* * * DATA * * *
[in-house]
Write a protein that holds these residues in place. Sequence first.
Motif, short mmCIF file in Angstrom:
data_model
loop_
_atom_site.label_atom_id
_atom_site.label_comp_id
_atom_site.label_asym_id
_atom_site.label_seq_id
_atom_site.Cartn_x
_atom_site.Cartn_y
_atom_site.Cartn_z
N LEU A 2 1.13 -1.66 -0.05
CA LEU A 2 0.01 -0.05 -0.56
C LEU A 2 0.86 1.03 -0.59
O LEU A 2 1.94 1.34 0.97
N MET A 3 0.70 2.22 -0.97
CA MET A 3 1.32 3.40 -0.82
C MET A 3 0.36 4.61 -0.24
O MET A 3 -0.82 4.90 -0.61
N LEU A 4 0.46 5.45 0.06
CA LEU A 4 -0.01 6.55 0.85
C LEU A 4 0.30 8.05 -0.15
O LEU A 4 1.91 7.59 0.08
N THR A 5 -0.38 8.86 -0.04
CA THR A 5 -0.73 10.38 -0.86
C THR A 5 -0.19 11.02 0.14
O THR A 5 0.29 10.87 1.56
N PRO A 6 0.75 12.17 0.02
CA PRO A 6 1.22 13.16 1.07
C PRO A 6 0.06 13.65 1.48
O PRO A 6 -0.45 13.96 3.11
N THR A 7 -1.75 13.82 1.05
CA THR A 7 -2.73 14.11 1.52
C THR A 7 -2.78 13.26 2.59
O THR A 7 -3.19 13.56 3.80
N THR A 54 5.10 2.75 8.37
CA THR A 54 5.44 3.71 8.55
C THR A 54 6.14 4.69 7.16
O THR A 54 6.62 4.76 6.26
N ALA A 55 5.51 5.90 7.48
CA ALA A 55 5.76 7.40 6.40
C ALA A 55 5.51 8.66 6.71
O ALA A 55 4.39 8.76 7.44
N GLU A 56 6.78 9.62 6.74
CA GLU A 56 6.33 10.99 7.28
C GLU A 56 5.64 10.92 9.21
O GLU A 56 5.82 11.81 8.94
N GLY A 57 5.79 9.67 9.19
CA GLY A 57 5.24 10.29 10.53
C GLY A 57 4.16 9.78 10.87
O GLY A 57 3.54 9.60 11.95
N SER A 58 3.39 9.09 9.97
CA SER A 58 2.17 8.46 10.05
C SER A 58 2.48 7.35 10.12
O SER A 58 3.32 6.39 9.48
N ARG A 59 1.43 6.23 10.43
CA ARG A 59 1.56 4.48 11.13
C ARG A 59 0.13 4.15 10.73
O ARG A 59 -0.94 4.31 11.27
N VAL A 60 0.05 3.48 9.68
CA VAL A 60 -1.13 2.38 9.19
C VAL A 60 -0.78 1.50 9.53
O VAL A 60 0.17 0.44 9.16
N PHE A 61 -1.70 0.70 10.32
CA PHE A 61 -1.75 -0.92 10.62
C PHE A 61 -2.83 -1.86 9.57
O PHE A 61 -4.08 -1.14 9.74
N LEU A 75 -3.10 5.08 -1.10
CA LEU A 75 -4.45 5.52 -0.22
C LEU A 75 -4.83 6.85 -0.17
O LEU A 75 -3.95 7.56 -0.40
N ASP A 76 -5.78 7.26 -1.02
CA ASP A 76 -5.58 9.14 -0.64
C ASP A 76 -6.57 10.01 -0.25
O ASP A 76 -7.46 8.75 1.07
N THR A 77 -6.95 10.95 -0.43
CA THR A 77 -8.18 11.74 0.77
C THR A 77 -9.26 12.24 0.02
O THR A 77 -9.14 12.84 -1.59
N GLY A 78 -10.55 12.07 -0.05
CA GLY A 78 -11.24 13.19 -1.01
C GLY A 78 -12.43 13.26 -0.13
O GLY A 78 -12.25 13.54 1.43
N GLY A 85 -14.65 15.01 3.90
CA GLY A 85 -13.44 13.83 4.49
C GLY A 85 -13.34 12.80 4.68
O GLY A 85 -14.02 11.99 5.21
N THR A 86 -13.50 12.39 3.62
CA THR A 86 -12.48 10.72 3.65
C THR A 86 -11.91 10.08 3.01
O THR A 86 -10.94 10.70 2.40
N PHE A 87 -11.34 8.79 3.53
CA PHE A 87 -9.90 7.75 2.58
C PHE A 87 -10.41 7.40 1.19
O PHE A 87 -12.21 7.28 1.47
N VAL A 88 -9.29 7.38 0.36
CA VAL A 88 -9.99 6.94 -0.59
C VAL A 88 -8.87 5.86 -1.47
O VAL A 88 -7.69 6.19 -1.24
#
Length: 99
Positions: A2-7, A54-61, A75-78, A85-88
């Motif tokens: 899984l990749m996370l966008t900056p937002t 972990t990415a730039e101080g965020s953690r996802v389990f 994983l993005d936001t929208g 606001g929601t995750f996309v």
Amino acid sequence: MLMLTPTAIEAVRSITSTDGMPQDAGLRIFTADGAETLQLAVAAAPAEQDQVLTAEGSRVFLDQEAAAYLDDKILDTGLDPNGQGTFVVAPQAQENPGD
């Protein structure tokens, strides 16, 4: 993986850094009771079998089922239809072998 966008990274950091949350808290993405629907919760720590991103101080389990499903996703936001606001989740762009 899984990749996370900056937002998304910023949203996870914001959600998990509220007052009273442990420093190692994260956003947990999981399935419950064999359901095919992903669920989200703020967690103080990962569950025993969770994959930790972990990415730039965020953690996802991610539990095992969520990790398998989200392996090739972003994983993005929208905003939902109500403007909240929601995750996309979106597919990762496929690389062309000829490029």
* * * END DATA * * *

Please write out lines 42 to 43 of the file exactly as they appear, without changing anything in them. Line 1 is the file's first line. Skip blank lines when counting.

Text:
CA ALA A 55 5.76 7.40 6.40
C ALA A 55 5.51 8.66 6.71